Each year, the European Research Council launches a call for proposal for Starting Grants. The funding is part of the Horizon 2020 research and innovation program of the European Union and it is given to outstanding early-career scholars, who achieved significant results in their research fields. This year, Edit Mátyus – assistant professor at the Institute of Chemistry at ELTE – was the only scientist from Hungary who was selected for the international award. The funding supports the ELTE research with 1.5 million euros for 5 years.
Mátyus and her team are conducting special research in the fields of chemistry, which is still unique around the world. Their main goal is to understand the internal structure and movement of molecules. The results of previous researches are based on high-resolution laser spectral analysis, which is an entirely new method. According to Mátyus, a new theoretical framework is needed to understand these results. "The problem is that right now, after a point, we do not understand what we are seeing. This is what we want to change: we need to develop theoretical frameworks to interpret the data."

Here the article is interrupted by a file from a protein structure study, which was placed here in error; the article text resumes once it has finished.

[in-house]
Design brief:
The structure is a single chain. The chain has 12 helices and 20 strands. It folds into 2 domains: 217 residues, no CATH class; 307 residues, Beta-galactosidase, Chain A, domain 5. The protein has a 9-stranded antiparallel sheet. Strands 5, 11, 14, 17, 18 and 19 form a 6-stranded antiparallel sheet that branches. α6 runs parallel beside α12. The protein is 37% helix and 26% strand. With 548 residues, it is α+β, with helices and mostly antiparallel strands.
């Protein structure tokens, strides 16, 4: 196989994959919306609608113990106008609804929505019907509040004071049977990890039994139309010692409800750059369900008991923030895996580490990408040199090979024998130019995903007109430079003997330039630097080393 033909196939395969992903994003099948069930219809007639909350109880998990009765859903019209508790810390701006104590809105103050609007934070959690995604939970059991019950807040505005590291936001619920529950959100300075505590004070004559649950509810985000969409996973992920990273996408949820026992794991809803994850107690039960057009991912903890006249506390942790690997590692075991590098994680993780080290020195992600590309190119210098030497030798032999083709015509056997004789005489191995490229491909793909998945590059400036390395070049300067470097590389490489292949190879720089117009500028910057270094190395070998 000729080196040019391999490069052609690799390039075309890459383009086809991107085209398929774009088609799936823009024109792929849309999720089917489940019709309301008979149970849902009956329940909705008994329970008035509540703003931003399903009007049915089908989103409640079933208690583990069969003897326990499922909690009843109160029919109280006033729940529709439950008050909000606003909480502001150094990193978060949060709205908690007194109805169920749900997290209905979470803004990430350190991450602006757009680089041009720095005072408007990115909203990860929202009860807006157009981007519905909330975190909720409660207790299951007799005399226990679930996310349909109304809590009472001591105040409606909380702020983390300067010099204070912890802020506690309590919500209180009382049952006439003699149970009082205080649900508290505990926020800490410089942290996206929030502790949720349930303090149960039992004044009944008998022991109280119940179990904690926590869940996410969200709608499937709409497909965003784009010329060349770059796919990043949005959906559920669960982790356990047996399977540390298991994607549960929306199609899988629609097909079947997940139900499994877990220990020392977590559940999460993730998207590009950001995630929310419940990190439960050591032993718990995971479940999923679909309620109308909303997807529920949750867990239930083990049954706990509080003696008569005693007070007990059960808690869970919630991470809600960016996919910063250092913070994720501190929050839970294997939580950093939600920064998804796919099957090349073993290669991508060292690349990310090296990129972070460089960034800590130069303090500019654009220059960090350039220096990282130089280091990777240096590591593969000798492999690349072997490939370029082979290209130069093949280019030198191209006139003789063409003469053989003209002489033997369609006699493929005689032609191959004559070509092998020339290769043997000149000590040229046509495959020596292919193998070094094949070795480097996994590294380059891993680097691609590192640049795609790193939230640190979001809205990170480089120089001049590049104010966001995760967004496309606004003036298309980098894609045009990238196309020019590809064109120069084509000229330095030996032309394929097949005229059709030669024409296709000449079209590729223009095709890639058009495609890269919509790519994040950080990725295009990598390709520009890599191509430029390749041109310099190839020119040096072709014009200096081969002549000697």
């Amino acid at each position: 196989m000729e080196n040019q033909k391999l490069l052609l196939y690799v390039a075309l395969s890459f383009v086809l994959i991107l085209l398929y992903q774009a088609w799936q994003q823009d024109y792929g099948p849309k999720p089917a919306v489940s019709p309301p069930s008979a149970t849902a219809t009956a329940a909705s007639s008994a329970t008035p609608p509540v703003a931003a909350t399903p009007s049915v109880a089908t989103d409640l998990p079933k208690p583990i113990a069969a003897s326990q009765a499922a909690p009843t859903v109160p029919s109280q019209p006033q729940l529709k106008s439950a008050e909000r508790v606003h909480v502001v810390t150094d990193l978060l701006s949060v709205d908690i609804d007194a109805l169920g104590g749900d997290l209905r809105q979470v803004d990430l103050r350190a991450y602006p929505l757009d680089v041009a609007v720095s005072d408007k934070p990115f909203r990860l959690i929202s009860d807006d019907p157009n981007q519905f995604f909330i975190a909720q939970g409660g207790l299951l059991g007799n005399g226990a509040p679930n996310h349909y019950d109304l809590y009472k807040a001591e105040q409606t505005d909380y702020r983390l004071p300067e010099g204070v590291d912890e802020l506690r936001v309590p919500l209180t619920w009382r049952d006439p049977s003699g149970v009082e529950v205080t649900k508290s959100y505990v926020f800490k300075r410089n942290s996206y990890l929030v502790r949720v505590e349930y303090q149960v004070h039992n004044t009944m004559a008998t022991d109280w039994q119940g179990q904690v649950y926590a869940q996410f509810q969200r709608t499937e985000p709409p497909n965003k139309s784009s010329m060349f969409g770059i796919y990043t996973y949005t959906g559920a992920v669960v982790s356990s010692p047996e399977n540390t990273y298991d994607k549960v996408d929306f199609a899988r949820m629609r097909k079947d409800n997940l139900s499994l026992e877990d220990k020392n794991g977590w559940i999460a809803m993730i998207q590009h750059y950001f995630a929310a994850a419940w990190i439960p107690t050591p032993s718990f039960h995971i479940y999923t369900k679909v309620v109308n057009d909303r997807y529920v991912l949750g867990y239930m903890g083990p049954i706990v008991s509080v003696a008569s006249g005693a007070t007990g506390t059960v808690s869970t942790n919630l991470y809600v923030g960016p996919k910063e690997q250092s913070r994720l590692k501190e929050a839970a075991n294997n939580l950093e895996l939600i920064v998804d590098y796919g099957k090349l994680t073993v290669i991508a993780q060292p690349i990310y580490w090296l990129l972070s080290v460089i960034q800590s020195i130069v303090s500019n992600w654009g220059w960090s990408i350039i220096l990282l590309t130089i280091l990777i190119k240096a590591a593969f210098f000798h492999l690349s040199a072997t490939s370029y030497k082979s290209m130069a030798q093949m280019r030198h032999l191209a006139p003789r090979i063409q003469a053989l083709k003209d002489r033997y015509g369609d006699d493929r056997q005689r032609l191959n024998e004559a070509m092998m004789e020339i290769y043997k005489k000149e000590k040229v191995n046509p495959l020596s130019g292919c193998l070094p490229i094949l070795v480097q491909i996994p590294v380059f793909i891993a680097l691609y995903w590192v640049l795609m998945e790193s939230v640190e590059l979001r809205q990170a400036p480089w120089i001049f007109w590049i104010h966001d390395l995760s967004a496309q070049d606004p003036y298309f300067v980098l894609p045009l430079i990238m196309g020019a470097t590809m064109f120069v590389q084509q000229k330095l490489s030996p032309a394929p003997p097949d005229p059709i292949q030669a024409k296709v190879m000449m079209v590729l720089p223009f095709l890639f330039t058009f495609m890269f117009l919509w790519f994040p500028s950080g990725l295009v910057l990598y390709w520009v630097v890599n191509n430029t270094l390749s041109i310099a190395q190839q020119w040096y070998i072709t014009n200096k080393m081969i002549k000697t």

The young chemist plans to work on her project at ELTE, even though there is a huge competition for ERC winner researchers across the whole of Europe. "After many years of research abroad, I realized the benefits of working in Hungary" – says Mátyus during the interview. "Traditionally, ELTE has been strong in the fields of theoretical chemistry. In the future, it would be great to keep this characteristic or even improve it." Also, she highlights that "there are excellent intellectual workshops and knowledgeable lecturers in Hungary as well, from which students can get inspiration."
Mátyus also graduated in Hungary at Eötvös Loránd University and she received her PhD in 2010. After finishing her doctoral dissertation she participated in several kinds of research and worked for such famous institutions as Princeton University, ETH Zürich or Cambridge University. She returned to Budapest as an experienced scholar and in 2016, she founded her research team at ELTE. The group has five members right now but Mátyus emphasizes she always welcomes the application of new members. “We are able to involve motivated and talented students in our work. In the future, it would be great if they knew more about this special field.”
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